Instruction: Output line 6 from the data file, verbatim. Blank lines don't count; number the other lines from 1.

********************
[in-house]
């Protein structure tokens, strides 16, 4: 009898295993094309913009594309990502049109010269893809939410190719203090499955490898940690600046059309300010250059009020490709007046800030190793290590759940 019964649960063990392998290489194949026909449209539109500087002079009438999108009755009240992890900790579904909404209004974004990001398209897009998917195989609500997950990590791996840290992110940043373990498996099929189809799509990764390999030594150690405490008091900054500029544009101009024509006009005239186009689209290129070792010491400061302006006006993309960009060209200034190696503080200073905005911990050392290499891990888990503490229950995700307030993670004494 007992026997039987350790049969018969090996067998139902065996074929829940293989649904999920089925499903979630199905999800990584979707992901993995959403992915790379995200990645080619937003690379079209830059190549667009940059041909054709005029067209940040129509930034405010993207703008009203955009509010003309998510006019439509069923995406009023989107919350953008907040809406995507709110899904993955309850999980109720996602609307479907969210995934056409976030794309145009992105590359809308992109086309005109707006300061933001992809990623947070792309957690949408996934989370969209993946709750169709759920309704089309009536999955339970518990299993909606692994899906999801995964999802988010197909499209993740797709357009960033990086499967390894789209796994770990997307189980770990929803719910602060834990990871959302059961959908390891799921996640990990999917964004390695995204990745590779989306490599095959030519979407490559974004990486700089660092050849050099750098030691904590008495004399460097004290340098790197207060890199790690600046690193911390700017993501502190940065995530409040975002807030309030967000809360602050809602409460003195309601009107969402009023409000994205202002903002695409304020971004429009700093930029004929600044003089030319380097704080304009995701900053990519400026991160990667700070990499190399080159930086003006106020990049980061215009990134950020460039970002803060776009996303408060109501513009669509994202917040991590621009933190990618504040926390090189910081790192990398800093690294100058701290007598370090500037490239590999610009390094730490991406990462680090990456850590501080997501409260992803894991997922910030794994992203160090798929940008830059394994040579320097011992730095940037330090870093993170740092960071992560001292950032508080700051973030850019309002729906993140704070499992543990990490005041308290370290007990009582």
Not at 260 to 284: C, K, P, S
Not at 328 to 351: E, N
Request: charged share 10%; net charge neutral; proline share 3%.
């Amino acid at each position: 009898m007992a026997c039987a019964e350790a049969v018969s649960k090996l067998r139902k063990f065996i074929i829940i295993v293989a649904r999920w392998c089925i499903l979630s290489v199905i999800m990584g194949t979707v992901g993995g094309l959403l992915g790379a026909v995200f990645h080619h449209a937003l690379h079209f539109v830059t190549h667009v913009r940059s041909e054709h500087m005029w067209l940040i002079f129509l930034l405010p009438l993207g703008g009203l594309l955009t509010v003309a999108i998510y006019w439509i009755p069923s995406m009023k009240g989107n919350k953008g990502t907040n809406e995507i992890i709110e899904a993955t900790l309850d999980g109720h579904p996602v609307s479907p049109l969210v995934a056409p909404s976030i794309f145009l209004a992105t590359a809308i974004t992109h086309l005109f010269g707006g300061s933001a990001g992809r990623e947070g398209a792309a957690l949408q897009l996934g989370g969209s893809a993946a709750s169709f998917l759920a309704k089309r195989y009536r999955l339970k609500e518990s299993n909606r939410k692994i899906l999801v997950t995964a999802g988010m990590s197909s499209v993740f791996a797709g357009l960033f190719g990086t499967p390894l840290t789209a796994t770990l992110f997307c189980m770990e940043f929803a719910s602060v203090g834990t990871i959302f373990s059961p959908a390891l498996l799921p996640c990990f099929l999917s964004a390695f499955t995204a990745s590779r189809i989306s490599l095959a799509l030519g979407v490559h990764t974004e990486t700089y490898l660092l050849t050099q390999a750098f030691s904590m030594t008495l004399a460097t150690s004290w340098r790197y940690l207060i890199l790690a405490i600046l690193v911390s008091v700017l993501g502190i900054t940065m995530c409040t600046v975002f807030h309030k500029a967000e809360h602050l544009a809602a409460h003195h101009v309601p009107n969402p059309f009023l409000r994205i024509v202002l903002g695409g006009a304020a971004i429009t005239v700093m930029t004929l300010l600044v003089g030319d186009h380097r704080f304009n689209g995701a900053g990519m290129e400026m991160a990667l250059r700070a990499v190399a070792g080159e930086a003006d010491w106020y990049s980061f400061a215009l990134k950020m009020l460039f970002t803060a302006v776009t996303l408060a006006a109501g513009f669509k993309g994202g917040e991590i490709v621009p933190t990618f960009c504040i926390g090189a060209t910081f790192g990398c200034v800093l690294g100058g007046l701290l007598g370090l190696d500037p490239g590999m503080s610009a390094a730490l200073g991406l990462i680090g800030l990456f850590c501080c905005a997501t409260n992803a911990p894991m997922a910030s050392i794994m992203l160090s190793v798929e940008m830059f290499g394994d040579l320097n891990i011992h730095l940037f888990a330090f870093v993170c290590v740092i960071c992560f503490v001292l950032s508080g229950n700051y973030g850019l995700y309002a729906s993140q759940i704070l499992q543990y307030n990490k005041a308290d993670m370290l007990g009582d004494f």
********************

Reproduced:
């Amino acid at each position: 009898m007992a026997c039987a019964e350790a049969v018969s649960k090996l067998r139902k063990f065996i074929i829940i295993v293989a649904r999920w392998c089925i499903l979630s290489v199905i999800m990584g194949t979707v992901g993995g094309l959403l992915g790379a026909v995200f990645h080619h449209a937003l690379h079209f539109v830059t190549h667009v913009r940059s041909e054709h500087m005029w067209l940040i002079f129509l930034l405010p009438l993207g703008g009203l594309l955009t509010v003309a999108i998510y006019w439509i009755p069923s995406m009023k009240g989107n919350k953008g990502t907040n809406e995507i992890i709110e899904a993955t900790l309850d999980g109720h579904p996602v609307s479907p049109l969210v995934a056409p909404s976030i794309f145009l209004a992105t590359a809308i974004t992109h086309l005109f010269g707006g300061s933001a990001g992809r990623e947070g398209a792309a957690l949408q897009l996934g989370g969209s893809a993946a709750s169709f998917l759920a309704k089309r195989y009536r999955l339970k609500e518990s299993n909606r939410k692994i899906l999801v997950t995964a999802g988010m990590s197909s499209v993740f791996a797709g357009l960033f190719g990086t499967p390894l840290t789209a796994t770990l992110f997307c189980m770990e940043f929803a719910s602060v203090g834990t990871i959302f373990s059961p959908a390891l498996l799921p996640c990990f099929l999917s964004a390695f499955t995204a990745s590779r189809i989306s490599l095959a799509l030519g979407v490559h990764t974004e990486t700089y490898l660092l050849t050099q390999a750098f030691s904590m030594t008495l004399a460097t150690s004290w340098r790197y940690l207060i890199l790690a405490i600046l690193v911390s008091v700017l993501g502190i900054t940065m995530c409040t600046v975002f807030h309030k500029a967000e809360h602050l544009a809602a409460h003195h101009v309601p009107n969402p059309f009023l409000r994205i024509v202002l903002g695409g006009a304020a971004i429009t005239v700093m930029t004929l300010l600044v003089g030319d186009h380097r704080f304009n689209g995701a900053g990519m290129e400026m991160a990667l250059r700070a990499v190399a070792g080159e930086a003006d010491w106020y990049s980061f400061a215009l990134k950020m009020l460039f970002t803060a302006v776009t996303l408060a006006a109501g513009f669509k993309g994202g917040e991590i490709v621009p933190t990618f960009c504040i926390g090189a060209t910081f790192g990398c200034v800093l690294g100058g007046l701290l007598g370090l190696d500037p490239g590999m503080s610009a390094a730490l200073g991406l990462i680090g800030l990456f850590c501080c905005a997501t409260n992803a911990p894991m997922a910030s050392i794994m992203l160090s190793v798929e940008m830059f290499g394994d040579l320097n891990i011992h730095l940037f888990a330090f870093v993170c290590v740092i960071c992560f503490v001292l950032s508080g229950n700051y973030g850019l995700y309002a729906s993140q759940i704070l499992q543990y307030n990490k005041a308290d993670m370290l007990g009582d004494f």